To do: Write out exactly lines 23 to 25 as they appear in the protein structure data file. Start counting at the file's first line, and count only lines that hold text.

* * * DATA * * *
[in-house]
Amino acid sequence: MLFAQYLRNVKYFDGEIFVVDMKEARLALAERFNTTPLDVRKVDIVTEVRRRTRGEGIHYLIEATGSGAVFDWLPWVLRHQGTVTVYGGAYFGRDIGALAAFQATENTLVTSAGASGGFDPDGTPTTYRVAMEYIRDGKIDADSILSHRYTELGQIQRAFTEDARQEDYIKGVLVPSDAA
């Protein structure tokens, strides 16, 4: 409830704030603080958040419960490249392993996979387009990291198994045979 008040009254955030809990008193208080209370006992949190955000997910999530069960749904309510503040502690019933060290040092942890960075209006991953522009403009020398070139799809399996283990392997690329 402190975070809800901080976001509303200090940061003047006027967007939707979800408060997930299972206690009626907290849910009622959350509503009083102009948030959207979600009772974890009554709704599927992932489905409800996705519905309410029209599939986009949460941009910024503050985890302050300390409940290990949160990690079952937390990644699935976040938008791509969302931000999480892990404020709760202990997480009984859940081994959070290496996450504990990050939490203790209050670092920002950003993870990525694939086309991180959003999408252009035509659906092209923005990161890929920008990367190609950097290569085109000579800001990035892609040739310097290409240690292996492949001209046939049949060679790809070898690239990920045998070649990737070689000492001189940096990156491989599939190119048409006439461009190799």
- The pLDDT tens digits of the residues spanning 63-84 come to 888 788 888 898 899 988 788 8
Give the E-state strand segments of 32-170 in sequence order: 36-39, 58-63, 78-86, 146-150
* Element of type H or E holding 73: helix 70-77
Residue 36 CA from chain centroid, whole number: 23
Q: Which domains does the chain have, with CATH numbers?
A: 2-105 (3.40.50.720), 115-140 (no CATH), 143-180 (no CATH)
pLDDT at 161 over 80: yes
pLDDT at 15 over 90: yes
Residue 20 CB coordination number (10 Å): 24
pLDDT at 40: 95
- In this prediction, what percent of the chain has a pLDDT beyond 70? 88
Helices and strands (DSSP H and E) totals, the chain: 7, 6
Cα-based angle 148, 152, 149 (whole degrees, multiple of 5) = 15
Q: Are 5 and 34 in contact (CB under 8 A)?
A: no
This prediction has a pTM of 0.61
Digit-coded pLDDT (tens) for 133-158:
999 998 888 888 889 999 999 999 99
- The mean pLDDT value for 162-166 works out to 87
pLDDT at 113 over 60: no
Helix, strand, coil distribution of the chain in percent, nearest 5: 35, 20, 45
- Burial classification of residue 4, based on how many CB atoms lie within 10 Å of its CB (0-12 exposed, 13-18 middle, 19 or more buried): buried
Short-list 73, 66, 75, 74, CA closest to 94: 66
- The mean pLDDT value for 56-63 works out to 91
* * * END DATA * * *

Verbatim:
pLDDT at 113 over 60: no
Helix, strand, coil distribution of the chain in percent, nearest 5: 35, 20, 45
- Burial classification of residue 4, based on how many CB atoms lie within 10 Å of its CB (0-12 exposed, 13-18 middle, 19 or more buried): buried